The public is getting a chance this week to comment on what happens to existing oil and gas leases in Garfield, Pitkin and Mesa Counties. Sixty-five leases within the White River National Forest are up for review. Just eight of them hold active infrastructure, like gas wells. The Bureau of Land Management handles the leases and is soliciting feedback on what do with them.
"Our goal with this is to try and provide as much information as we can to people about what we’re doing and why, so that they can provide specific comments about what they want to see in the EIS, and what concerns they have," says BLM spokesman David Boyd.
He says the agency will consider public comments from meetings in Glenwood Springs, Carbondale, Aspen and DeBeque when it draws up its Environmental Impact Statement, or EIS. That document will guide how the agency manages the leases in the future.
"The range will be from voiding the leases to keeping them the same. We’ll definitely have one alternative that analyzes voiding the leases, one alternative looking at how they are right now, and then, likely several alternatives, looking at different options within that range."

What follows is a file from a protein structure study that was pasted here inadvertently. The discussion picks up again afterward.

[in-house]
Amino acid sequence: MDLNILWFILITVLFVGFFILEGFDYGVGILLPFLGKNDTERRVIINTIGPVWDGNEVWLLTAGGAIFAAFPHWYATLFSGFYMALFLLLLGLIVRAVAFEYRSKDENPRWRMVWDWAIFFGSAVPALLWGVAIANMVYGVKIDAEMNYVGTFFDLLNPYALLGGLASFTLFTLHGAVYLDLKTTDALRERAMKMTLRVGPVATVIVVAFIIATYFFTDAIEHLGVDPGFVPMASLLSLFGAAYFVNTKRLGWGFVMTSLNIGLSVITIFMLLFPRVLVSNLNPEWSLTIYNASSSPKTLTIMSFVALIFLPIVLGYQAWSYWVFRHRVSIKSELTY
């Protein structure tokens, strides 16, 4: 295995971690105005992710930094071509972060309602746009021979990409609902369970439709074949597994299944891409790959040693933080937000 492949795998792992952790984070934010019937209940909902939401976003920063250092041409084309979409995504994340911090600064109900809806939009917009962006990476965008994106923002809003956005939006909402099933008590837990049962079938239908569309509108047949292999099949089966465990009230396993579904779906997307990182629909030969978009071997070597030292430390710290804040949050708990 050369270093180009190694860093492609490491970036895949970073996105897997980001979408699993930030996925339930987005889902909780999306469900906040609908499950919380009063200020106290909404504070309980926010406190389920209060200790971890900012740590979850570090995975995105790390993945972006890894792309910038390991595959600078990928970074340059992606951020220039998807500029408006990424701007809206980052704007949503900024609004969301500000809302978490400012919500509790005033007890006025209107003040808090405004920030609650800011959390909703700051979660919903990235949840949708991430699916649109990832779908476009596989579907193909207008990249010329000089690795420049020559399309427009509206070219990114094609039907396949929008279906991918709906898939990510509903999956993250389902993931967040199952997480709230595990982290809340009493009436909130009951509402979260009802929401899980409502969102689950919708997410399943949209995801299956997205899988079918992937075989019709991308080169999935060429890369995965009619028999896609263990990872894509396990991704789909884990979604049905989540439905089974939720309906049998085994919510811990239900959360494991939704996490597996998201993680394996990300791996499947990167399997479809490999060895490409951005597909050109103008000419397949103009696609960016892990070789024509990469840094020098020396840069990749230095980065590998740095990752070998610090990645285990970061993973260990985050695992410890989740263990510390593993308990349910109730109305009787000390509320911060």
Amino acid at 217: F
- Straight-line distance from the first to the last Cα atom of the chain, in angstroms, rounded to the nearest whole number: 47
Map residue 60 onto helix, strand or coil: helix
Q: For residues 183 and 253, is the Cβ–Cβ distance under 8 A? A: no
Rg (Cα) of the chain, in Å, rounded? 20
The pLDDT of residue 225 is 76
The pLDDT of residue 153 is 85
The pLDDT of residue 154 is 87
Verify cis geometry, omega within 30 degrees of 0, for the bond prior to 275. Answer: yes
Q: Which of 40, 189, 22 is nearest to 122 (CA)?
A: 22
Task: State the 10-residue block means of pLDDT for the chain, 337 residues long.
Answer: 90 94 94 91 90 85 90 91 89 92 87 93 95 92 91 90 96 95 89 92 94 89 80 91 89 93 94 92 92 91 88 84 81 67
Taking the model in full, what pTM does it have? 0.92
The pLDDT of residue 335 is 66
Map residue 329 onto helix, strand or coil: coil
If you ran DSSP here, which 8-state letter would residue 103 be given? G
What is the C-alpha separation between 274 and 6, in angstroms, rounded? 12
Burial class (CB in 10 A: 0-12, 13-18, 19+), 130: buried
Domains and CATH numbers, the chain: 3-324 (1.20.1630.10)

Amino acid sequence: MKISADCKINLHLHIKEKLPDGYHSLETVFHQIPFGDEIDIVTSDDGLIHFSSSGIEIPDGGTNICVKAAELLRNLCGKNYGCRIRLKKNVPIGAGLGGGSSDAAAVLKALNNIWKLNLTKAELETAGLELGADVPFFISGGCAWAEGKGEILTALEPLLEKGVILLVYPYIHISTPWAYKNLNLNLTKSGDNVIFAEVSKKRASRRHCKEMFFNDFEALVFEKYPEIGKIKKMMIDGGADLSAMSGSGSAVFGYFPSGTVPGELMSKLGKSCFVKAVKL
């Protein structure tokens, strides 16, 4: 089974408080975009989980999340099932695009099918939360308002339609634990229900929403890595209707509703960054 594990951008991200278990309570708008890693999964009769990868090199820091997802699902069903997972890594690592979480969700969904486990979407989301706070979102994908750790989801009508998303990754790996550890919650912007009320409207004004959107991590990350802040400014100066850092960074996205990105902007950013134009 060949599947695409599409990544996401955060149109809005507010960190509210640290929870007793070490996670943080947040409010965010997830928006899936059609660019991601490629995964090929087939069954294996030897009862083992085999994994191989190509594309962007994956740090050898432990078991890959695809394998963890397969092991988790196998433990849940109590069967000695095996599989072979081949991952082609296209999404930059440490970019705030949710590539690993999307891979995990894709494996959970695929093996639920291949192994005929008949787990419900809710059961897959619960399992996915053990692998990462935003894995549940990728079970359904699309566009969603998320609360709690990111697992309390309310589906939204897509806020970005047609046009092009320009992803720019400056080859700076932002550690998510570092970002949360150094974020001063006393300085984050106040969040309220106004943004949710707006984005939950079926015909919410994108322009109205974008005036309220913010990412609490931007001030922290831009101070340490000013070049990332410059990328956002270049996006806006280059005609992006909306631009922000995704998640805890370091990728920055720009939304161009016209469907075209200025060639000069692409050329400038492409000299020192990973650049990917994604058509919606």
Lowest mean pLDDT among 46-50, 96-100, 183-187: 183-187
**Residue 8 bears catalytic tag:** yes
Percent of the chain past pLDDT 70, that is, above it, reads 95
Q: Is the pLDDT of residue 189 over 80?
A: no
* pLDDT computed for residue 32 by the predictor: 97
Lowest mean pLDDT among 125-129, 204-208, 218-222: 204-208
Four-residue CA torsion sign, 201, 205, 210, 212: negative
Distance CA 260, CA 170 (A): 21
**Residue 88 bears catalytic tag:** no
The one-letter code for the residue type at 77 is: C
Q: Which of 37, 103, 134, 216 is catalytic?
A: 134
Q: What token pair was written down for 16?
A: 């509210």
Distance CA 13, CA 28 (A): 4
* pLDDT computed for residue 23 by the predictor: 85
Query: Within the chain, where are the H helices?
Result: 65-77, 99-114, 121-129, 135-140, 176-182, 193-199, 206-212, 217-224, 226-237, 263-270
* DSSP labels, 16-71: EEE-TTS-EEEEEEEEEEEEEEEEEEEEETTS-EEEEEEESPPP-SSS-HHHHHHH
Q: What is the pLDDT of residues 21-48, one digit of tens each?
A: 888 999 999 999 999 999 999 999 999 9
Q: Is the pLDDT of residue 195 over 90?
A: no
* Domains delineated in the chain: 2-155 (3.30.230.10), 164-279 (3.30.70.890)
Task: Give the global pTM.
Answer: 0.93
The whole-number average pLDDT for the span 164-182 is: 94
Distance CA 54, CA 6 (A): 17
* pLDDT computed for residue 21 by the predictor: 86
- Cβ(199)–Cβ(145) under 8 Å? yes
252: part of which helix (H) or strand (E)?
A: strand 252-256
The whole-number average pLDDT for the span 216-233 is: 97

About 25 of the leases up for review are in the Thompson Divide area, west of Carbondale. Recently, the BLM extended the life of some leases in that contested area. Possible drilling is controversial because some people see it as a rural, pristine area that should be left untouched.
About 150 people attended Tuesday’s public scoping meeting in Glenwood Springs. Another will be held today, at the Pitkin County Library in Aspen. It runs from 3 to 6 pm. The last meeting will be in DeBeque on May 1st. Comments on the public scoping process will be taken through May 16th. Then, a draft EIS is due out in the summer of 2015.